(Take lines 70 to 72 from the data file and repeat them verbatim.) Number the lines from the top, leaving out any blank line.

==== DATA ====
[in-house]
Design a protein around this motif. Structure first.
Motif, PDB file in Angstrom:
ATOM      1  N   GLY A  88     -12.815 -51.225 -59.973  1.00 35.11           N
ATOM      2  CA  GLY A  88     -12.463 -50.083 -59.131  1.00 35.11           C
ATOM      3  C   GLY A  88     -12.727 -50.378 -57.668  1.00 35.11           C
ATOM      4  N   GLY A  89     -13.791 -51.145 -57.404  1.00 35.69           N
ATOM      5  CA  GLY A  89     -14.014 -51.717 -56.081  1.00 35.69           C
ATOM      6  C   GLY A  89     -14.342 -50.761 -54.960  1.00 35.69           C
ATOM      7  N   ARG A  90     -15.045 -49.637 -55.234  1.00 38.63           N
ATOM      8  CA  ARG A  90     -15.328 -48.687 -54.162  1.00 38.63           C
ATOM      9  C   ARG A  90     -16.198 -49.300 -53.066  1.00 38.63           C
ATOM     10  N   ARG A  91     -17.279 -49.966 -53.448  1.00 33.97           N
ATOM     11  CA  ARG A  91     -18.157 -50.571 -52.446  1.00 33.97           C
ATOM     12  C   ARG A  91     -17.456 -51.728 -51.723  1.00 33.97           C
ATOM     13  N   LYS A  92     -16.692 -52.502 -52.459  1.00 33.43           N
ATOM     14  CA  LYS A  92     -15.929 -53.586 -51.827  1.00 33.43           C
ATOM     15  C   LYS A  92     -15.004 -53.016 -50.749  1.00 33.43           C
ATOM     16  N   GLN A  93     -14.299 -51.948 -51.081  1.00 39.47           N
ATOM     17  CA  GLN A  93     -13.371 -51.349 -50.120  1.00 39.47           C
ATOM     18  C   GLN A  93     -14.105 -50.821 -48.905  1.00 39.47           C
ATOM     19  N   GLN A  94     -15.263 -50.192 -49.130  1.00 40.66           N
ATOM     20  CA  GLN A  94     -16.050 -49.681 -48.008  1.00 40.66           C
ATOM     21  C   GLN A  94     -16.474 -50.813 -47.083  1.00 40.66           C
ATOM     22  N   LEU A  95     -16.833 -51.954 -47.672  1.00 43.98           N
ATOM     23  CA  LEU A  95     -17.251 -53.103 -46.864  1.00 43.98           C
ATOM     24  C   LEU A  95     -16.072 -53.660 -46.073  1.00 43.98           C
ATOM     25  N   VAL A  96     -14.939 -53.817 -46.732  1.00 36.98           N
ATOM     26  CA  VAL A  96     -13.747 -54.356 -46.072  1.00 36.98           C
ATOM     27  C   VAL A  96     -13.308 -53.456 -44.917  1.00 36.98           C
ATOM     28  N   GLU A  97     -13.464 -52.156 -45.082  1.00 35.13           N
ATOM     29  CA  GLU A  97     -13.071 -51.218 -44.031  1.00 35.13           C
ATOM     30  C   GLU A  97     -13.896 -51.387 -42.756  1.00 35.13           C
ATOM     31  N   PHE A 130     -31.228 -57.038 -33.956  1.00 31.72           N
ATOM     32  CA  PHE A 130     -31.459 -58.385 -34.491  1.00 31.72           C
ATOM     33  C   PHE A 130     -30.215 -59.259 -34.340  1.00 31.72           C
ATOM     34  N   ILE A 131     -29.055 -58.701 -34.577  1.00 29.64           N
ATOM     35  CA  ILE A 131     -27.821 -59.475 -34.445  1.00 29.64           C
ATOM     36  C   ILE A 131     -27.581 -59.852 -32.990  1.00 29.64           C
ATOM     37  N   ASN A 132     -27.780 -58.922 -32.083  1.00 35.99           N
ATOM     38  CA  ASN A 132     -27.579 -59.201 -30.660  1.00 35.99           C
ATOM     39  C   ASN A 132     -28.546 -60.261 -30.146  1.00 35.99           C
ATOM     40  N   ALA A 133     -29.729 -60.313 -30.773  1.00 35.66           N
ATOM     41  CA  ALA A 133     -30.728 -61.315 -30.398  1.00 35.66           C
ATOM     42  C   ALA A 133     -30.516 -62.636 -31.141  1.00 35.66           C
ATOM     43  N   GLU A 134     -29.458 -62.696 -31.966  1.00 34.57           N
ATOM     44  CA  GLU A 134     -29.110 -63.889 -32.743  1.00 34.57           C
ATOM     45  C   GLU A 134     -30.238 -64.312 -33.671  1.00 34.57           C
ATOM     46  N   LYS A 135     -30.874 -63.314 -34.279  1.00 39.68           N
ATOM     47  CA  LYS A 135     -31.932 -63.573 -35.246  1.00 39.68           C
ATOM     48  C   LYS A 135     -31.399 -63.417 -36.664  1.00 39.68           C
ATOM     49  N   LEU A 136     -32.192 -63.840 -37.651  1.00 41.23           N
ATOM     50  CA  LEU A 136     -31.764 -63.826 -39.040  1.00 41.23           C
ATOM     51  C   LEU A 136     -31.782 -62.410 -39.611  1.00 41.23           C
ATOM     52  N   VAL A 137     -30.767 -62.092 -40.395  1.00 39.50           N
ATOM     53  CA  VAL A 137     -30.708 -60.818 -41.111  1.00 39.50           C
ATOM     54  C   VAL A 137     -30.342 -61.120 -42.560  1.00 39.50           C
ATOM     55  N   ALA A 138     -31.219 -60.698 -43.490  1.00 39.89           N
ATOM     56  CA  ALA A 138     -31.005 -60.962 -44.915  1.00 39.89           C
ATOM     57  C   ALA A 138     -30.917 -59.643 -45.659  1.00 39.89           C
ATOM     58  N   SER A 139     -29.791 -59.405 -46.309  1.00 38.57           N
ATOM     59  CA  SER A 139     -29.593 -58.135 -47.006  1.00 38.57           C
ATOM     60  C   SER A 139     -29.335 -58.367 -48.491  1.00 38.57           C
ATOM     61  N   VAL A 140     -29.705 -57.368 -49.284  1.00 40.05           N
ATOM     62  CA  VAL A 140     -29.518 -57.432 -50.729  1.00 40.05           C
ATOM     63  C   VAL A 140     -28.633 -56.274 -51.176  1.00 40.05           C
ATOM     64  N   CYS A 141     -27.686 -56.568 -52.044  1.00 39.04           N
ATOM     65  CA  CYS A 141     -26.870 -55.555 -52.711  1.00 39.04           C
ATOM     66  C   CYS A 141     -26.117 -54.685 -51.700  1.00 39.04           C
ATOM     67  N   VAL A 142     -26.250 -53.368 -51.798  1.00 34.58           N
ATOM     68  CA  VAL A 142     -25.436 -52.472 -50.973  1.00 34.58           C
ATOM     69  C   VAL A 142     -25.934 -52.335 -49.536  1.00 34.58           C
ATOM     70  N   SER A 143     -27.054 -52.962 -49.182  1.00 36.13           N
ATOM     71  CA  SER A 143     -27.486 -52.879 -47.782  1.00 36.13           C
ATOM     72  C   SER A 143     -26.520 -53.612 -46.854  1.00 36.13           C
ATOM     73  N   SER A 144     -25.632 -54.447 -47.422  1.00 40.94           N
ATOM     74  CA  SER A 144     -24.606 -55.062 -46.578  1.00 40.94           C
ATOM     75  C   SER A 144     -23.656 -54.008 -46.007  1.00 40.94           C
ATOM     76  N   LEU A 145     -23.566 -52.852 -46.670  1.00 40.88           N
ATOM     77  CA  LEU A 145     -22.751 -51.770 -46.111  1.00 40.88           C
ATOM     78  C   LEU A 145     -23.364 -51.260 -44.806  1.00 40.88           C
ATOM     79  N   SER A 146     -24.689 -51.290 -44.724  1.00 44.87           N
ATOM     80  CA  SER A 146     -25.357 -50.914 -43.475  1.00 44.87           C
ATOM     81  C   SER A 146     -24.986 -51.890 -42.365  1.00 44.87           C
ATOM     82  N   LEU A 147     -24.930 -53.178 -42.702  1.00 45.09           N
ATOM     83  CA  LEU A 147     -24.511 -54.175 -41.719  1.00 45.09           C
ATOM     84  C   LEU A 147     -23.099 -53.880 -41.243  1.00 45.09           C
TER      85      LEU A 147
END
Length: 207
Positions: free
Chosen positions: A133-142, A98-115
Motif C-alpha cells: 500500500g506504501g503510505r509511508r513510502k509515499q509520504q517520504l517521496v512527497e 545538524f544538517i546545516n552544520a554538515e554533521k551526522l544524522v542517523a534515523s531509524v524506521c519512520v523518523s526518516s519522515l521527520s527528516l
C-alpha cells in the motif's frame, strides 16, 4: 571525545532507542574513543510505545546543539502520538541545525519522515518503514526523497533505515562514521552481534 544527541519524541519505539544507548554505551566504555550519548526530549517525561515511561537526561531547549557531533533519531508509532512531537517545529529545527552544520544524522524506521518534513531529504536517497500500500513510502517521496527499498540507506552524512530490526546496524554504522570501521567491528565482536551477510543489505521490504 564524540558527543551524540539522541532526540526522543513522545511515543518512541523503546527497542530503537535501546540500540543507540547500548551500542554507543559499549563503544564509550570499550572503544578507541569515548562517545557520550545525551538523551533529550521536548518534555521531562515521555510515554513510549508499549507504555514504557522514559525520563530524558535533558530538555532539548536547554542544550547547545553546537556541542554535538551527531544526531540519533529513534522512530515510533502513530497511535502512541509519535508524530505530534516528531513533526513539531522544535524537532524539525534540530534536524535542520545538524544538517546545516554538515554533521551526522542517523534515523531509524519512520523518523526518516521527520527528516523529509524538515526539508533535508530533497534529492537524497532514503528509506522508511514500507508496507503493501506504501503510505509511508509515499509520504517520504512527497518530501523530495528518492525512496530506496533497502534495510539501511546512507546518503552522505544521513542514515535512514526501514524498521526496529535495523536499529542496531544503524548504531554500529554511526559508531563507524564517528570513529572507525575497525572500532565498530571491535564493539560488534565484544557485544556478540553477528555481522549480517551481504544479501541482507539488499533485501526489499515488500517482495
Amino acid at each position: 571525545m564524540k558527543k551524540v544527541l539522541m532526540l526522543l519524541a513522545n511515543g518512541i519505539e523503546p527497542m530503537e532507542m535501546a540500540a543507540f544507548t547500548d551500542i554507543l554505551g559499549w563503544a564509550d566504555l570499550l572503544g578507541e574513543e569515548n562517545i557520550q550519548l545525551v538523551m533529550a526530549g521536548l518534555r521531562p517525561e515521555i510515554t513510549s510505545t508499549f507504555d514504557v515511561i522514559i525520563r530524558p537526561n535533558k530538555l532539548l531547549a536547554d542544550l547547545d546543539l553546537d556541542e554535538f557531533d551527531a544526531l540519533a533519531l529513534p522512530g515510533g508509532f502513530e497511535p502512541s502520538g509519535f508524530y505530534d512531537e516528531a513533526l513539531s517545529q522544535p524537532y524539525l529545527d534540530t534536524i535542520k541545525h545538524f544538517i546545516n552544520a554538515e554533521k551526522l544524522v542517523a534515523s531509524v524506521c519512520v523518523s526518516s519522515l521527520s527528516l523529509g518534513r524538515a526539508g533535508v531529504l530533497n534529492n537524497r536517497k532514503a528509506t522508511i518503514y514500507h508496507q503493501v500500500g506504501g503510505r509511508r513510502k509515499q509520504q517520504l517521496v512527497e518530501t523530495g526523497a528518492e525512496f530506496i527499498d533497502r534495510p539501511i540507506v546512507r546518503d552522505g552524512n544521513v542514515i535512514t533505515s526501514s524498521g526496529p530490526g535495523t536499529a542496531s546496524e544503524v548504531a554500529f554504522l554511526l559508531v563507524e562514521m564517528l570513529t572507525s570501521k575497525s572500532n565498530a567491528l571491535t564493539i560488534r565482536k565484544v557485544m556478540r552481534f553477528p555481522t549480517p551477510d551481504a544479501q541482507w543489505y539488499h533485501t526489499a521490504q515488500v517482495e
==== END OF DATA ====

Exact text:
ATOM     67  N   VAL A 142     -26.250 -53.368 -51.798  1.00 34.58           N
ATOM     68  CA  VAL A 142     -25.436 -52.472 -50.973  1.00 34.58           C
ATOM     69  C   VAL A 142     -25.934 -52.335 -49.536  1.00 34.58           C